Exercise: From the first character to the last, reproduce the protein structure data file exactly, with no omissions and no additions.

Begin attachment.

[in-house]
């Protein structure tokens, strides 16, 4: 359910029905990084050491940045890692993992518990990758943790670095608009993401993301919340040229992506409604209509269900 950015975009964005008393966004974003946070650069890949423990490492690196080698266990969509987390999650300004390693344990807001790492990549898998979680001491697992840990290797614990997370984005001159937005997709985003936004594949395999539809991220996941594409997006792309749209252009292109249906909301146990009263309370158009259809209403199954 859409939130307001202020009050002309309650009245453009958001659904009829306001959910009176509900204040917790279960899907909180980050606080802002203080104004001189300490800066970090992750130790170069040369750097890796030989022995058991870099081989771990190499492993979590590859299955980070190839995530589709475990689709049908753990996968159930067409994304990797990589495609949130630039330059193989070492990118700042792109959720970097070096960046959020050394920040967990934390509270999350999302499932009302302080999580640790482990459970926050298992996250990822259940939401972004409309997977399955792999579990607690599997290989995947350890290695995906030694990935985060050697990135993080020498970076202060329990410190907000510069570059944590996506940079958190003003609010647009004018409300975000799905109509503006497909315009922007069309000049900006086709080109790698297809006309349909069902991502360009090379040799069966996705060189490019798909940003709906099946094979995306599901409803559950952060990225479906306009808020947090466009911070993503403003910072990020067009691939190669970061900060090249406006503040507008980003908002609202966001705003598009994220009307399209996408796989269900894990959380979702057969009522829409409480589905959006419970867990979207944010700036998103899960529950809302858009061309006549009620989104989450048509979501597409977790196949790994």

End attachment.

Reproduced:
[in-house]
């Protein structure tokens, strides 16, 4: 359910029905990084050491940045890692993992518990990758943790670095608009993401993301919340040229992506409604209509269900 950015975009964005008393966004974003946070650069890949423990490492690196080698266990969509987390999650300004390693344990807001790492990549898998979680001491697992840990290797614990997370984005001159937005997709985003936004594949395999539809991220996941594409997006792309749209252009292109249906909301146990009263309370158009259809209403199954 859409939130307001202020009050002309309650009245453009958001659904009829306001959910009176509900204040917790279960899907909180980050606080802002203080104004001189300490800066970090992750130790170069040369750097890796030989022995058991870099081989771990190499492993979590590859299955980070190839995530589709475990689709049908753990996968159930067409994304990797990589495609949130630039330059193989070492990118700042792109959720970097070096960046959020050394920040967990934390509270999350999302499932009302302080999580640790482990459970926050298992996250990822259940939401972004409309997977399955792999579990607690599997290989995947350890290695995906030694990935985060050697990135993080020498970076202060329990410190907000510069570059944590996506940079958190003003609010647009004018409300975000799905109509503006497909315009922007069309000049900006086709080109790698297809006309349909069902991502360009090379040799069966996705060189490019798909940003709906099946094979995306599901409803559950952060990225479906306009808020947090466009911070993503403003910072990020067009691939190669970061900060090249406006503040507008980003908002609202966001705003598009994220009307399209996408796989269900894990959380979702057969009522829409409480589905959006419970867990979207944010700036998103899960529950809302858009061309006549009620989104989450048509979501597409977790196949790994």